Thursday, May 24, 2007

Position Paper Rebuttle (read the previous post first)

After writing the paper, and indeed before I finished, I had convinced myself that in fact what I was writing was false. I did not belive what Joel Spring was arguing was fair and accurate. Instead I believed that there was good reason why so many groups take an interest in education. So I wrote a response to my own essay. It is not nearly as formal or even well edited. I wrote it in frustration and even a bit of anger. I hope you like it...I call it, "Breaking the Mold."

I find the statement by Neil Postman to be frivolous and near-sighted, despite having just written a paper to support it, I now decided that I am against it. He makes the claim that somehow there are too many people interested in the school and therefore too many people affecting education. I want to first submit that it is natural for many people to be interested in education since we rely on it to educate entire generations of students and have so since very early in our nations history. In fact, without public education there would likely not be much of a nation, or it would be much more factional than it is now. Secondly there is nothing wrong with equality of opportunity in this nation, at least that the problem does not lie in some institution or community, but rather in the nature of people in general. I contend that there is no chance of creating a perfect educational system from imperfect people. Lastly I did not appreciate the narrow statistics that Joel Spring uses to attack education and American society in general.
Firstly it is important to accept that education is in fact influenced by politics and rightly so. After all, it is the politicians who have ordered money to be collected from income earning people to then pay for education of this nation’s youth. This is regardless of whether a wage earner has children in the school system or not. The educational system is founded and supported by the government. What then should the government do? Leave it to its own devices? Politics birthed education, it must continue to raise it and support it. To do otherwise would be foolish. Furthermore there was complaint about patriotism and teaching citizenship in public schools. It is the American system and government offering free public education, therefore it is fair to expect a little love in return. A little patriotism never hurt anybody, and trying to make students better citizens won’t either. After all, what should we teach them? To be subversive government hating terrorists who desire to bomb government offices and kill people who support the evil system? Educators in other nations are already doing a good job of that, we need not assist them.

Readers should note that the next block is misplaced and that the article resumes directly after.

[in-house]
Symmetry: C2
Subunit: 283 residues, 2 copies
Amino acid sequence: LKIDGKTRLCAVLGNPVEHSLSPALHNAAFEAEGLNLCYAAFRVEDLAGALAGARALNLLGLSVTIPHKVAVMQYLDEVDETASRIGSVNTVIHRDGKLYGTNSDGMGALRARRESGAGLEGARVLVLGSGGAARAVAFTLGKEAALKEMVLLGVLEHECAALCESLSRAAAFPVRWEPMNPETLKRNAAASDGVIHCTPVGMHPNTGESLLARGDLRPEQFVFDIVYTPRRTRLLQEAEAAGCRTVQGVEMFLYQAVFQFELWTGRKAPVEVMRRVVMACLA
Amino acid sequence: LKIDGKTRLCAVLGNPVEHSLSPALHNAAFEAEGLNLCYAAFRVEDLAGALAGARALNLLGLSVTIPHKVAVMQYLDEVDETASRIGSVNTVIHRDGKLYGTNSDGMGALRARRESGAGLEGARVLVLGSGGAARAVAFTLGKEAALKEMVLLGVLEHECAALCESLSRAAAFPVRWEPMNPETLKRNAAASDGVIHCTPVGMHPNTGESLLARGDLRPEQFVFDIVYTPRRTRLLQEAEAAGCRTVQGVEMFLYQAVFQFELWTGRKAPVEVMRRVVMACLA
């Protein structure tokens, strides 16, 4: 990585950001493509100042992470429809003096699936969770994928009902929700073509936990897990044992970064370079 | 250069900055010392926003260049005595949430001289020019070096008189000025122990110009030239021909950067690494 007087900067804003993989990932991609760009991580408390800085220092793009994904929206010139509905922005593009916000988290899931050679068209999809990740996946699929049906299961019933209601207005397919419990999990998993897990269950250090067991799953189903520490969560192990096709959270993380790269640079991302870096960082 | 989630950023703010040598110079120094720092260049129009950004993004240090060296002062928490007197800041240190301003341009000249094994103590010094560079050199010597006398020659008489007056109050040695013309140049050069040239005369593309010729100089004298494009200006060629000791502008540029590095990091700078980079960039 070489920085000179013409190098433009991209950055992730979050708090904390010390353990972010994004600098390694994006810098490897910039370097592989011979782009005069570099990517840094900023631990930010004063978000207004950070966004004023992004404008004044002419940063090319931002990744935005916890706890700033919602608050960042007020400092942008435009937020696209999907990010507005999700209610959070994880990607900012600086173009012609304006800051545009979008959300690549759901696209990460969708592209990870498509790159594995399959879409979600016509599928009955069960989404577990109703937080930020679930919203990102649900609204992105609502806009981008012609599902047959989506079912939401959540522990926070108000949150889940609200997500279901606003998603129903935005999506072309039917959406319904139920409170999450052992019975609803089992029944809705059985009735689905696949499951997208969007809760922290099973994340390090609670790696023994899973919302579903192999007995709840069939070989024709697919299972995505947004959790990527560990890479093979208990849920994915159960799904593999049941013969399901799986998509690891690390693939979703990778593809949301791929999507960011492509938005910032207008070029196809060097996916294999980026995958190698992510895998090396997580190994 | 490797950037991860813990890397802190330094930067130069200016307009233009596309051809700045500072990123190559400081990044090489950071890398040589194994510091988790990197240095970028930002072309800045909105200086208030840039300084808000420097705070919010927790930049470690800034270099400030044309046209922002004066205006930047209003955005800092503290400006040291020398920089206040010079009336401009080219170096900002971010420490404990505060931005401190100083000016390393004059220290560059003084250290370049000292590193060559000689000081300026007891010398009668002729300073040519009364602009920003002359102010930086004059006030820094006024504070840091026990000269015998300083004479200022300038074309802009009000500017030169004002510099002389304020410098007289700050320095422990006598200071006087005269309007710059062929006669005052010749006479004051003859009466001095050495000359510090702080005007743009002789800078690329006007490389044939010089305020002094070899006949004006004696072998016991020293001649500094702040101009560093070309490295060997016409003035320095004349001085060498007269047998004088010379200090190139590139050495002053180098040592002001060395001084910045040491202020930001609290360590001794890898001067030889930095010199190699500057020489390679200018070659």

Who then will monitor and steer the freight train that is public education if not government? There must be an engineer or the train will derail, but whom? Should there be a committee of educators selected then set free to make decisions with no oversight? Or perhaps Spring should stage an educational coup and seize control of public education in the name of what is good and fair and right like some communist revolutionary. The point is that there is no way to separate public education from politics, they go hand in hand.

Secondly there is the issue over society influencing public education. This too seems like a ludicrous issue to discuss. Public education is meant to serve society, therefore social groups take an interest in it. It is not unnatural or wrong. Spring complains about the attempts to teach morals in a school setting. Should they do otherwise? He complains that it is difficult to find a common moral agenda to follow given the diversity of our cultural landscape. I agree with him on this point, that is why it is important to allow all school districts to develop what they feel is good and just on their own. Community schools train community children in the agreed upon standards of the community. Are there likely to be some people who descent? Of course, but in democracy the majority often prevails and in this case they should. Why should the social groups be left out of the discussion when they are the people who the schools are designed to serve? What is the alternative? Teachers who teach against what the parents of students sitting in their classrooms teach? That is more unjust than the current situation. That is minority rule, and it is undemocratic. For a few people who think they know-it-all, ala Joel Spring, to make all the decisions is not good practice. There is nothing wrong with the social structures’ involvement in education, in fact it is a facet of democratic life.